Can this student get away with jump-starting their car every time they need to drive?
I am a student in Boston with a car that is originally from Texas. I have a 1996 Chevrolet G Van that has more than 150,000 miles on it. The car had been working really well until last fall. This was its
first real winter. Basically, I have to jump-start my car every time I want to turn it on. It starts very easily and reliably with a jump. So I bought one of those portable jump-start boxes, because I got
tired of praying that someone would be in the parking lot whenever I needed to go anywhere. I am hoping that you might have an idea of what is going on with my car and what I can do to fix it. -- Hannah
TOM: You must have made a lot of new friends, Hannah. That's a great way to meet people when you're new to a city -- drive a car that never starts.
RAY: Two things come to mind, Hannah. The first is very simple to fix. I think you might have a dead cell in your battery.
TOM: A car battery is made up of six cells -- kind of like the unit where my brother did time after the IRS caught up with him.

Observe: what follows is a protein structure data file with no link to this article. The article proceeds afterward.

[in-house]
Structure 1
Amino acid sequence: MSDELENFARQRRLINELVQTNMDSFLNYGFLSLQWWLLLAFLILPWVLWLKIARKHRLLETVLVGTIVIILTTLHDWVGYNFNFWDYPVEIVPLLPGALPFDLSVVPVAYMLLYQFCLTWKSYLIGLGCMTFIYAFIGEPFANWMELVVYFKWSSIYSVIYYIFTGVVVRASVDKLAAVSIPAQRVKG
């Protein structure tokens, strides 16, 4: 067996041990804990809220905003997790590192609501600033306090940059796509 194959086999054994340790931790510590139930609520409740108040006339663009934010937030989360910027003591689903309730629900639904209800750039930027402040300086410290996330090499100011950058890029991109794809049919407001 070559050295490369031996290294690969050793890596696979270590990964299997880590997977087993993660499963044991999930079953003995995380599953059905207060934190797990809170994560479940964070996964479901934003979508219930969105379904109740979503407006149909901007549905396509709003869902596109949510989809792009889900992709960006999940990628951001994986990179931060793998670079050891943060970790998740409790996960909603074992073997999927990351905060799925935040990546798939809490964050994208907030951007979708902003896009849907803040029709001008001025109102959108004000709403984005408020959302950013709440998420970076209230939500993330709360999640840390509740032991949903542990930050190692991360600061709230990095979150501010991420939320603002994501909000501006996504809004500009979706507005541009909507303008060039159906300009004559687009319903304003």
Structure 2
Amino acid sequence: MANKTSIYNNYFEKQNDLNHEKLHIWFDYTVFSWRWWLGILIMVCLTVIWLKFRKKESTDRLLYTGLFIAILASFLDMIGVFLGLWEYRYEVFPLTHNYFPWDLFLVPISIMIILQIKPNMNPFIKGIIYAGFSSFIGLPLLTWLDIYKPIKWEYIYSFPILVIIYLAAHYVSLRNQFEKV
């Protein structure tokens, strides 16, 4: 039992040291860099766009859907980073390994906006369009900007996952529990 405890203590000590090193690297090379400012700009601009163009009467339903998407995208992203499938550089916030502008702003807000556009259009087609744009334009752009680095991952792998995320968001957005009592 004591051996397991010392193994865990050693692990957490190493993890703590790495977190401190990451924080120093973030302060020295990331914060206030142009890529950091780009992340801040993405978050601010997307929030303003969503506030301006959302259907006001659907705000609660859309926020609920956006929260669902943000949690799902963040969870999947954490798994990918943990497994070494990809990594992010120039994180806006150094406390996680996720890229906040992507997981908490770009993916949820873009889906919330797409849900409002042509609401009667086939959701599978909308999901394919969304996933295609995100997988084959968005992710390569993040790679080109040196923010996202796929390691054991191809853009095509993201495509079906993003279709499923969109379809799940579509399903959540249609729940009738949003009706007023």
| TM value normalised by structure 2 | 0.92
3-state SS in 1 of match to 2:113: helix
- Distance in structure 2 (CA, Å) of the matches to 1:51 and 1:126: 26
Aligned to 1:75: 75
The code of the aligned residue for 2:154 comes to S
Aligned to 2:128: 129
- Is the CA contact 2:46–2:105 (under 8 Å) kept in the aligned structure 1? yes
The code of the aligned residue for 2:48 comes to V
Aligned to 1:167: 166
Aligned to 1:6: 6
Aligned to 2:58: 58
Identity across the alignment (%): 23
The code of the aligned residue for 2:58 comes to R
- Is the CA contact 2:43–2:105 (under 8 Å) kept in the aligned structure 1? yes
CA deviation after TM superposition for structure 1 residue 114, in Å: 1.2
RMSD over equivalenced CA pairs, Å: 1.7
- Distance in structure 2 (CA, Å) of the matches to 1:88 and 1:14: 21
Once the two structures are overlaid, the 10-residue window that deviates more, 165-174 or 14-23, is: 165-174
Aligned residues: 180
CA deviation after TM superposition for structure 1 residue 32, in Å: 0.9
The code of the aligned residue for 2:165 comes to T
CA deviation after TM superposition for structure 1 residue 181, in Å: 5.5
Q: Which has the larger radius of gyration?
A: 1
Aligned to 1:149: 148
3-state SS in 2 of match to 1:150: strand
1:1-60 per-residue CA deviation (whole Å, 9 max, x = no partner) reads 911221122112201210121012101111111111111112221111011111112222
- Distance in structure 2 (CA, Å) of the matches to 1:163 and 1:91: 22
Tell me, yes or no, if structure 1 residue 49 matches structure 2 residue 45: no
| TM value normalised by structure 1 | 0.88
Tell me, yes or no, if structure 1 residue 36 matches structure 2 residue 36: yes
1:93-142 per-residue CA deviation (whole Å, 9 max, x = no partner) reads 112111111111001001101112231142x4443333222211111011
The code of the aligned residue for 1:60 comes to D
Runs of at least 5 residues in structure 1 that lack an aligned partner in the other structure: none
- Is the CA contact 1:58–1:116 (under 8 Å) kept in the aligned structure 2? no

RAY: If one cell in your battery is dead, the battery might only be producing 10 volts instead of 12. That's enough to work the lights, the radio and the 40,000-watt stereo system. But the starter motor
needs a full 12 volts, or it just won't move. When you turn the key, you might hear the starter lurch, or you'll hear a clicking sound, or nothing at all.
TOM: The solution to that is a new battery. That'll cost you 75 bucks. Just flag down one of the guys in your parking lot and say: "Excuse me, my car won't start. Would you mind putting in this new battery for me?" Then go hide behind a building in case he crosses the cables and sets your car on fire.
RAY: Or just go to a gas station, and have them do it, Hannah. Because they can check for the other possibility: a current drain. It could be something like a light in the glove box that's staying on all night.
TOM: Or a fellow student running his laptop all night from your cigarette lighter so he can sell term papers.
RAY: It's very easy for your neighborhood mechanic to test your battery and your charging system, and to check for a current drain. That shouldn't cost very much. But I'd bet on the battery. Good luck, Hannah.